The Financial Services Authority has today announced new plans to ensure that risky mortgage lending does not re-occur in any future boom.

The aim of the Mortgage Market Review (MMR) is to prevent a replay of the irresponsible mortgage lending that happened in the last property price boom when the assumption was that house prices would always go up.

This led to the belief that mortgage lending had become risk free as the lender could quickly repossess and re-sell on the property of any distressed owner. So mortgages were given out with abandon and precious few of the traditional affordability checks.

Now that the bust has firmly set in it comes as little surprise that many home-owners are now suffering. As a result the mortgage market has been forced into more sensible lending policies by the pressures of rising mortgage arrears. It is worthy of note that some 605,000 people that borrowed prior to the credit problems would not now qualify for a loan on those same terms.

But there are other considerations.

Nearly half of those that took out a mortgage since 2005 have ended up as ‘mortgage prisoners’ in that they do not meet the criteria for a new loan so are trapped into the one they have.

For those that bought with a mortgage between 2005-10 15% may be in negative equity (owe more than the house is worth), which could be 30% of first time borrowers.

Worse still just a modest rise in interest rates, which are historically low, would force many into arrears.

But the FSA is now looking to the future with the MMR. It is determined to have the new regime in place well before any future boom and it has established three principles for ‘good mortgage underwriting’:

Mortgages and loans should only be advanced where there is a reasonable expectation that the customer can repay without relying on uncertain future house price rises.  Lenders should assess affordability;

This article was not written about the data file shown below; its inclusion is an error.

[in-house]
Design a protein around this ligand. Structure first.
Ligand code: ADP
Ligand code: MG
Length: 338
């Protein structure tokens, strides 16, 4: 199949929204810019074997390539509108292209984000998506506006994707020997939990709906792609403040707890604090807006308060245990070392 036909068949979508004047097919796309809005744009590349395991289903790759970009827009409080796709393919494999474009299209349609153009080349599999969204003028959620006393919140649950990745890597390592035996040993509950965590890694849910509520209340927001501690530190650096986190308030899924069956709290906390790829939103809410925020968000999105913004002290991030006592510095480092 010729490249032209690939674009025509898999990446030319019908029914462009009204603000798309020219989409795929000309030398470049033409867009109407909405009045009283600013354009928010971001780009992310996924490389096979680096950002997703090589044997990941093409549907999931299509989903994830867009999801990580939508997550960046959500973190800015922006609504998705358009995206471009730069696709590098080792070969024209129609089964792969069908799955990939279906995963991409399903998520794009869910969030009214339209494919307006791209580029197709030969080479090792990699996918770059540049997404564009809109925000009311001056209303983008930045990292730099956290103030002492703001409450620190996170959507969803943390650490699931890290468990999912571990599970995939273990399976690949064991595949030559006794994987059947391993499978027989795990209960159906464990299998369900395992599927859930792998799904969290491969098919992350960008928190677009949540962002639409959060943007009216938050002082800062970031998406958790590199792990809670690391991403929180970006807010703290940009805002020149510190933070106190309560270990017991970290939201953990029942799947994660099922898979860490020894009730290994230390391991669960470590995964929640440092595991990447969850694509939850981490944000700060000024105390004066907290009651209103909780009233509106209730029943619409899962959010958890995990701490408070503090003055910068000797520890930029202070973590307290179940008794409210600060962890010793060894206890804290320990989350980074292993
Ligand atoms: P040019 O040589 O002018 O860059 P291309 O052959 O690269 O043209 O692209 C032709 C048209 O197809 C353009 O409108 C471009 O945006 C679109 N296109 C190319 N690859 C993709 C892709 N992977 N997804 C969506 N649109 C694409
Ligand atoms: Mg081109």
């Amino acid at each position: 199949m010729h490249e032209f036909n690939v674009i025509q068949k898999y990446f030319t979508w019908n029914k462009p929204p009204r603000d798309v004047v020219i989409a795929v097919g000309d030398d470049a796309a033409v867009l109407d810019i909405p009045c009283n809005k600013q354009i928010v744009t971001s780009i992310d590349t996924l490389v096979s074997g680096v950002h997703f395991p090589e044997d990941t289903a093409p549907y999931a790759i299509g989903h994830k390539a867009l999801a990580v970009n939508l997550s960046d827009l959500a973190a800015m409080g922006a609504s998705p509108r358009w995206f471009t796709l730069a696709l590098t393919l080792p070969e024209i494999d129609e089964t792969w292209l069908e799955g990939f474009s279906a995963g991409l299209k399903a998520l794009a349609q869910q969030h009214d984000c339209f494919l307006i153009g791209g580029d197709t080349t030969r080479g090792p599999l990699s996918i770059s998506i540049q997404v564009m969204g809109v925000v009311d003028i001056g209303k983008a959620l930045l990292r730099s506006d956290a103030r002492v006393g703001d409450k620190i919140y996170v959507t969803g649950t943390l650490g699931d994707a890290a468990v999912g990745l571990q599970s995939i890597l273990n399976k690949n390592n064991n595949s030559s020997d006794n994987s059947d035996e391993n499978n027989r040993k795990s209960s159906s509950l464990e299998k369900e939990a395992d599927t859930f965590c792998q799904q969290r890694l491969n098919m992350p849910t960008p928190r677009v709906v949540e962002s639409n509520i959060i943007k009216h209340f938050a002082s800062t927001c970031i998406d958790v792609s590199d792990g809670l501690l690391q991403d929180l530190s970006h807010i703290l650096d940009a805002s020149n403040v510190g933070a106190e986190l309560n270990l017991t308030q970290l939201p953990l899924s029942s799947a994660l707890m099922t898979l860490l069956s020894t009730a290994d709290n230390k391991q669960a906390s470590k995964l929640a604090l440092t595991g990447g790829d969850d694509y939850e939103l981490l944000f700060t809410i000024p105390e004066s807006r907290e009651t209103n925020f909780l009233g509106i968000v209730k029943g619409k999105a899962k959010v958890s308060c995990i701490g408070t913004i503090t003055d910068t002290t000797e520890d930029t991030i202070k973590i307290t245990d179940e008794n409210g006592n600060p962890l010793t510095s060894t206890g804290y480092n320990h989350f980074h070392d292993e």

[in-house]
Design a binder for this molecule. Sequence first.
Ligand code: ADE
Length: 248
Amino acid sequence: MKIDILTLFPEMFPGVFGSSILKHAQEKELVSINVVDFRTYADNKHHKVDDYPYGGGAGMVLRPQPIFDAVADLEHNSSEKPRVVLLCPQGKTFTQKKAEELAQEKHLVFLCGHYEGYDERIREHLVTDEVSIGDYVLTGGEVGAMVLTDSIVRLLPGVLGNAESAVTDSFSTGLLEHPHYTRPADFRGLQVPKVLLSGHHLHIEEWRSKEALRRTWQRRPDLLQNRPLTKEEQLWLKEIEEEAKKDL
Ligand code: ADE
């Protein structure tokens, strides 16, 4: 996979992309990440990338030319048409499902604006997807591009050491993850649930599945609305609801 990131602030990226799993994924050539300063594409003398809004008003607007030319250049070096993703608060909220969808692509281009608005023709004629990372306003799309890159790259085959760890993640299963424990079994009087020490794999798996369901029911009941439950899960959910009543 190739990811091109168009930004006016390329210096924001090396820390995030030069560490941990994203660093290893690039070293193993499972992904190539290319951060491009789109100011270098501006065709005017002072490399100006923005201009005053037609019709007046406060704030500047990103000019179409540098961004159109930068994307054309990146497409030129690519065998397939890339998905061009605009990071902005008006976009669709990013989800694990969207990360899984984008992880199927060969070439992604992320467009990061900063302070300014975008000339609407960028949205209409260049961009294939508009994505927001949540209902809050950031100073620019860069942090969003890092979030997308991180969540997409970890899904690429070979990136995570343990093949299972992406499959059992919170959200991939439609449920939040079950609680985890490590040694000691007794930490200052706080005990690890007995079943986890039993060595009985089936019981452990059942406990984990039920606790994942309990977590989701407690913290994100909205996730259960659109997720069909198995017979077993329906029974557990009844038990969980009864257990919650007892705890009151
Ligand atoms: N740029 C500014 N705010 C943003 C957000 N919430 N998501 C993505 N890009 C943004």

This affordability assessment should allow for the possibility that interest rates might rise in future: borrowers should not enter contracts which are only affordable on the assumption that low initial interest rates will last forever; and
Interest-only mortgages should be assessed on a repayment basis unless there is a believable strategy for repaying out of capital resources that does not rely on the assumption that house prices will rise.

Income will now have to be verified in every case. No more ‘fast-tracking’ or ‘self certification’ mortgages.

Although lenders will not have to inspect the minutiae of a borrower’s financial position they must not ignore the obvious, such as council tax and gas/electricity.

The interest only mortgage has survived but any capital amount repayment plan must be credible. And the loan will be assessed on a repayment basis anyway.

The lenders will also have to take into account the likely route interest rates will take in accordance with market expectations.

Borrowers looking to consolidate loans will have to be given full advice on the future implications of doing so.

However, those with current loans will be dealt with more flexibly so that they can get new loans even though they would not qualify under the new regime.

Older borrowers may well be hit hard by the new rules as lenders will be expected to scrutinise the borrower’s financial position the closer they are to retirement. This could presumably also affect first time buyers should they be reliant on an older relative to be a guarantor.

The Chairman of the FSA, Lord Turner, said:

We believe that these are common sense proposals which serve the interests of both lenders and borrowers. While the excesses of the pre-crisis period have largely disappeared from the current market, it is important to ensure that better practice endures in future when memories of the crisis recede and the dangers of poor practice return.

Speaking on Sky News Paul Smee of the Council of Mortgage Lenders said that this was effectively the FSA catching up with current lending practices. He said that there would now be more scrutiny of borrowers' positions and a requirement for more evidence so as to prevent a future re-run of the credit crunch. People would more likely need to save for longer and get on the housing ladder later he said.

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